We have previously written about how, over the past few years, the SEC and other regulatory agencies have devoted substantial resources to investigations regarding allegations that public companies have inadequate internal controls and/or a system for reporting those controls. See here, here and here. That effort shows no signs of waning. As recently as March 23, 2016, the SEC announced a settlement with a multi-national company due in part to the internal controls failures at two foreign subsidiaries. On March 10, 2016, the SEC announced a settlement of claims against Magnum Hunter Resources Corporation in connection with alleged internal control failures. And, on February 17, 2016, the SEC announced a settlement of claims against a biopesticide company, Marrone Bio Innovations, based on the company having reported misstated financial results caused in part by internal control failures.
In a heavily redacted decision issued on April 5, 2016, the SEC approved the claim of one whistleblower and denied the claim of another for providing information related to an unidentified enforcement action. The SEC awarded $275,000 to the primary claimant (Claimant 1) but offset that amount by the monetary obligations due related to a separate Final Judgment. Although the April 5 order was heavily redacted, the publicly available information confirms that the $275,000 award was based on a percentage of the monetary sanctions from both the SEC case and a related criminal action. This is the first time an SEC order has required a tipster to spend whistleblower proceeds to settle a court-ordered debt.
Speaking last week at the SEC’s and Rock Center’s Silicon Valley Initiative at Stanford Law School, SEC Chair Mary Jo White cautioned Silicon Valley’s start-up companies regarding their potential lack of internal controls. In particular, she warned that unicorns—nonpublic start-up companies valued north of one billion dollars—may warrant special scrutiny into whether their corporate governance and investor disclosures are keeping pace with their growing valuations. Ms. White repeatedly warned that the prestige of obtaining “unicorn” status may drive companies to inflate their valuations.
The ripple effects of the Second Circuit’s landmark insider trading decision, United States v. Newman, 773 F.3d 438 (2d Cir. 2014), were felt again last week. On Tuesday, February 23, 2016, the U.S. Securities and Exchange Commission (“SEC” or the “Commission”) ruled that Former Neuberger Berman Analyst Sandeep “Sandy” Goyal, whom the SEC previously barred from the securities industry after he pled guilty to insider trading, could participate in the industry again. The SEC’s rare decision to lift an administrative bar order resulted from Newman, (previously discussed at length here), which led to Goyal’s criminal conviction being vacated and the civil claims against him being dropped by the SEC. Newman raised the bar for what prosecutors in tipper/tippee insider trading cases have to show by holding that tipper/tippee liability requires the tipper to receive a “personal benefit” amounting to a quid pro quo or pecuniary benefit in exchange for the tip and the tippee to know of that benefit. Despite the SEC’s decision to drop the administrative bar against Goyal in light of Newman, as recently as SEC Speaks on February 19-20, 2016, SEC Deputy of Enforcement Stephanie Avakian affirmed that insider trading cases “continue to be a priority” for the Commission. Nonetheless, the ripple effects of Newman continue to call the government’s ability to successfully bring both criminal and civil cases into question.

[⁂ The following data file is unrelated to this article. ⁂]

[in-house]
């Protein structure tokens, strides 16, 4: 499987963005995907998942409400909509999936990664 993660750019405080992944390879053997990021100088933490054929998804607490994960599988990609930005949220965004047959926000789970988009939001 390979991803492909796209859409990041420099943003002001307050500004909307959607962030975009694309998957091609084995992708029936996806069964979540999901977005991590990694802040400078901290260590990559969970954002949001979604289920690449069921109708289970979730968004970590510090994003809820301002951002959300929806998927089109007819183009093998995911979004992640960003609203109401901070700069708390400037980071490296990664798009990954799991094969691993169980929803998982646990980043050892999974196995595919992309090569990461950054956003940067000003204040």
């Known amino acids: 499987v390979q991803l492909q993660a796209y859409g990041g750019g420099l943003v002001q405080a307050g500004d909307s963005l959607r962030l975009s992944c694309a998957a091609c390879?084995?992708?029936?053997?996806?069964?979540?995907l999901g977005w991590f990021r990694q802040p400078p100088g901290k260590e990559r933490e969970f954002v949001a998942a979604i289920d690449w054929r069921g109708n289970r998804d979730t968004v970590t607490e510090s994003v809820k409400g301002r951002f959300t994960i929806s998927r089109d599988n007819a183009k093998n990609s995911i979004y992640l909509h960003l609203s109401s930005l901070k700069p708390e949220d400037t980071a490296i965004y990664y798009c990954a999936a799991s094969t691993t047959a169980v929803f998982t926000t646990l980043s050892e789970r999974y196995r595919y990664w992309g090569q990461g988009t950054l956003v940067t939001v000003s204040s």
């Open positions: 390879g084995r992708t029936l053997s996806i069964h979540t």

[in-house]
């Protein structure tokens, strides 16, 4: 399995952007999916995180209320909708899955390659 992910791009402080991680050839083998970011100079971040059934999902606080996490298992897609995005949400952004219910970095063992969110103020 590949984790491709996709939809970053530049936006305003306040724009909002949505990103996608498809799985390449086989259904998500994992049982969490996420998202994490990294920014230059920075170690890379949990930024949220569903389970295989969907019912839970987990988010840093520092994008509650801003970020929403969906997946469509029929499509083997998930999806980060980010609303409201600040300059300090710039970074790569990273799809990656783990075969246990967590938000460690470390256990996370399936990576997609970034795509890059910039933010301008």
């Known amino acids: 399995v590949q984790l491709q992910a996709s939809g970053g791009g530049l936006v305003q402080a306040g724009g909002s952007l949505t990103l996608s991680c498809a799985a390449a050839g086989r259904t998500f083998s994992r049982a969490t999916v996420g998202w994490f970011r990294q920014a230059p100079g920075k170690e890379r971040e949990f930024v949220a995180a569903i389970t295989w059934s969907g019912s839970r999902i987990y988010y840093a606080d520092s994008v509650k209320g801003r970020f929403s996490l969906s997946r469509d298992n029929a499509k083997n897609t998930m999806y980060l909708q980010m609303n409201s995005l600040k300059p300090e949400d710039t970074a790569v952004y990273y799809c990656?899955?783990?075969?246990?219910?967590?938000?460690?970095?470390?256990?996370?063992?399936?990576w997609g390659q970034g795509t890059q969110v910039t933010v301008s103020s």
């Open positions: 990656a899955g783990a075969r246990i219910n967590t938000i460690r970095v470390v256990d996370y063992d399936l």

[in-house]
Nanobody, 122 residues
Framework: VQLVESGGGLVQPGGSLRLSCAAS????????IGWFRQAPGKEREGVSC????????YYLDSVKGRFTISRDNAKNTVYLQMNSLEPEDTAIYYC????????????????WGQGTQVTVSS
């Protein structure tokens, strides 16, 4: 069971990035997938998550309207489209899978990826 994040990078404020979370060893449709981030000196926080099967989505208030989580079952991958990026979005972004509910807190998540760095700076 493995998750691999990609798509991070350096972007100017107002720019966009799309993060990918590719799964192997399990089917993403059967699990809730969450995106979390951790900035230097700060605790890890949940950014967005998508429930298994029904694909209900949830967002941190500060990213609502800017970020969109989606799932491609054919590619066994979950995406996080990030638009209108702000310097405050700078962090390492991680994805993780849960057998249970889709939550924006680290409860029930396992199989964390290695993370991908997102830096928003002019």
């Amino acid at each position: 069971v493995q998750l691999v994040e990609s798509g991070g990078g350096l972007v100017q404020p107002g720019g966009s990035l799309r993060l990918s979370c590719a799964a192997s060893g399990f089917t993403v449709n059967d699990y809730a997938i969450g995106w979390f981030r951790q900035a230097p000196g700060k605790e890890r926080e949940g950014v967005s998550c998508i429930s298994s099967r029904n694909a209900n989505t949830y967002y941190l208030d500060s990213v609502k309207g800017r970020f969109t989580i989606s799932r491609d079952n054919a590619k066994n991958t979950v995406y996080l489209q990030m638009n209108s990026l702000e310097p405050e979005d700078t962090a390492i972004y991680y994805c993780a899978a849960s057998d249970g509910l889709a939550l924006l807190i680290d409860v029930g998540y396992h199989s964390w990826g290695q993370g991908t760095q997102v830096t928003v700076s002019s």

The Securities and Exchange Commission’s Office of the Inspector General (“OIG”) recently released findings from its extensive investigation into allegations of potential bias against respondents in SEC administrative proceedings. The OIG report comes at a time when the fairness of the SEC’s in-house administrative forum is under scrutiny from both inside and outside of the agency.
After the repeated challenges to the SEC’s in-house courts as previously reported, Mark Cuban joined the debate by filing an amicus curiae brief in support of petitioners Raymond J. Lucia Companies, Inc. and Raymond J. Lucia (collectively “Lucia”) in Lucia v. SEC. Cuban, describing himself as a “first-hand witness to and victim of SEC overreach” in a 2013 insider trading case brought against him in an SEC court, argued that the D.C. Circuit should grant the petitioners’ appeal because SEC in-house judges are unconstitutionally appointed.